I went looking this morning and discovered that you can buy a kit which *replaces* a stepper driver and turns a normal stepper motor drawing up to 3A into a closed-loop stepper, for less than $20. That's a pretty low incremental cost for going closed loop!


Interesting. I had seen the 42B version, and I wasn't a big fan of the Allegro driver as a base. Has anyone actually tried the 42Cs to see if they're quiet?

@goeland86 not clear to me that what they have implemented would be as quiet as using a Trinamic external MOSFET chip like the TMC5160 but they claim it is quieter than the allegro.

On the forum, it looks like Kurt plans to try it out, so maybe he'll be able to answer that question soon! 😁

@mcdanlj will keep an eye on his report for sure! Though I was kind of hoping they'd build their kit by putting a TMC instead of the Allegro, not a homebrew solution.

@goeland86 on the other hand the generic ARM controller gives the option of new firmware. Might be possible to use half of it as a servo controller with different firmware.

@mcdanlj Ouch! Looks like they may also have a design/manufacturing flaw if I'm reading things right?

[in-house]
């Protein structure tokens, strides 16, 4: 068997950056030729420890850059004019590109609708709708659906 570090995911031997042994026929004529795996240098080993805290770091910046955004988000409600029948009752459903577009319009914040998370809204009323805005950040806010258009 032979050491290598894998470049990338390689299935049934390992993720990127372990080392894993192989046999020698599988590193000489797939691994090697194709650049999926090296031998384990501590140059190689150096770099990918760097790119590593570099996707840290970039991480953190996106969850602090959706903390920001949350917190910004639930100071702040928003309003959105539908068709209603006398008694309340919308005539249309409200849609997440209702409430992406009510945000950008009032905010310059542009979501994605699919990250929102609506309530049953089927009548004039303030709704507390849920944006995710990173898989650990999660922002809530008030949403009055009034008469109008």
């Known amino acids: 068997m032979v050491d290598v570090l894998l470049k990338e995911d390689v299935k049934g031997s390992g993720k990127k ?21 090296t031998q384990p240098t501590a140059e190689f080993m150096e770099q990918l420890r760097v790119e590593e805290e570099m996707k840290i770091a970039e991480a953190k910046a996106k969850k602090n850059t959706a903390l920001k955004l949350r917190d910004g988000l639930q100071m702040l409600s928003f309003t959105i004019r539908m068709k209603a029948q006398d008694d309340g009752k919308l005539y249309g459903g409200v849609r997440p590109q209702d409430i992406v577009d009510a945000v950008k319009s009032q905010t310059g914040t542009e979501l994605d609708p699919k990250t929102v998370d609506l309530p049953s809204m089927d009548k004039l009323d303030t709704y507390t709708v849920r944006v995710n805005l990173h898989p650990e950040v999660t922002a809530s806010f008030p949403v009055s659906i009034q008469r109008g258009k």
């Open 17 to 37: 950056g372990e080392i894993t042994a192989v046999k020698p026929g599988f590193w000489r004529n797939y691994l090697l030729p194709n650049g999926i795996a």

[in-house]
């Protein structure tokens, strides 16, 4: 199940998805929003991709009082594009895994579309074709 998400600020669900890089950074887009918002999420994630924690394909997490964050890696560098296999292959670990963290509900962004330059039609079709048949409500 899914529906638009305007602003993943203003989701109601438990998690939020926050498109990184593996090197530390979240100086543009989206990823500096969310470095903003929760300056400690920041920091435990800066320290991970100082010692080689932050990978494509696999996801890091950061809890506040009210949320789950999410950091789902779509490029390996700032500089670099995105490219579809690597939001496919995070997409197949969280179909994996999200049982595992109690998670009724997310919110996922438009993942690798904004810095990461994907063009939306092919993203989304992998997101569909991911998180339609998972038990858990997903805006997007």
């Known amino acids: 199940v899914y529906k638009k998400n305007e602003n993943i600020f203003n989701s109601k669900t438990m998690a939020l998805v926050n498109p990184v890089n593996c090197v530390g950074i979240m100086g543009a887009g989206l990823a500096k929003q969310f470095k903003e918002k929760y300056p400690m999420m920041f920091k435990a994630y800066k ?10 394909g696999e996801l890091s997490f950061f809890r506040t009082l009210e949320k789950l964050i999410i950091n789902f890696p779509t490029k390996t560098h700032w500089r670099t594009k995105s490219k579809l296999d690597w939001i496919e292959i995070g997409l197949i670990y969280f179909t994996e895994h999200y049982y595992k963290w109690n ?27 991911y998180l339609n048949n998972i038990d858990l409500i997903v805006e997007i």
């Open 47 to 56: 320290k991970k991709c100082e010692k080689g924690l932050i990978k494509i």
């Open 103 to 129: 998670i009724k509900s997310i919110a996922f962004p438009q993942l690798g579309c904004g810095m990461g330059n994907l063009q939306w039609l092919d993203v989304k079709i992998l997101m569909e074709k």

@mcdanlj Did some digging on their github, and ran into this site: misfittech.net/ - looks like they may have tried to clone his work?

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@goeland86 oh interesting github.com/Misfittech/nano_ste

No license file super obvious, but I see GPL in files in the source code.

@goeland86 but misfittech says "The firmware is licensed as GPL V3 for non-commercial use" at the end of the readme — that is kind of nonsense. ☹

@mcdanlj A lot of people seem to misunderstand what the GPL says. He may have wanted a CC instead and got confused.

@goeland86 He even put CC on the hardware so it's not like he doesn't know CC exists...

@goeland86 and if he's building on top of Mechaduino GPL work firmware, how does he offer option for closed-source license?

@mcdanlj smells like a niche where nobody except MKS found his work and bothered to challenge him about it.

@mcdanlj It's so bizarre. What I'd prefer seeing is a board that uses ODrive (github.com/odriverobotics) style controls, though I know that brushless VS stepper is a huge difference in control. At least it's MIT-licensed.

@mcdanlj Sure, but I'd like to have something with at least 3 controlled motors, for a delta!

@goeland86 well, two of them? I don't know what it will cost to make them but Taylor talked about this as intended to replace ODrive because of them abandoning open source. I don't have direct knowledge here, that tweet thread is what I know.

@mcdanlj I looked at the Odrive site - the original dual-motor control is OSS, but he hasn't published a thing about the Odrive pro or Odrive S1 he has in the shop...

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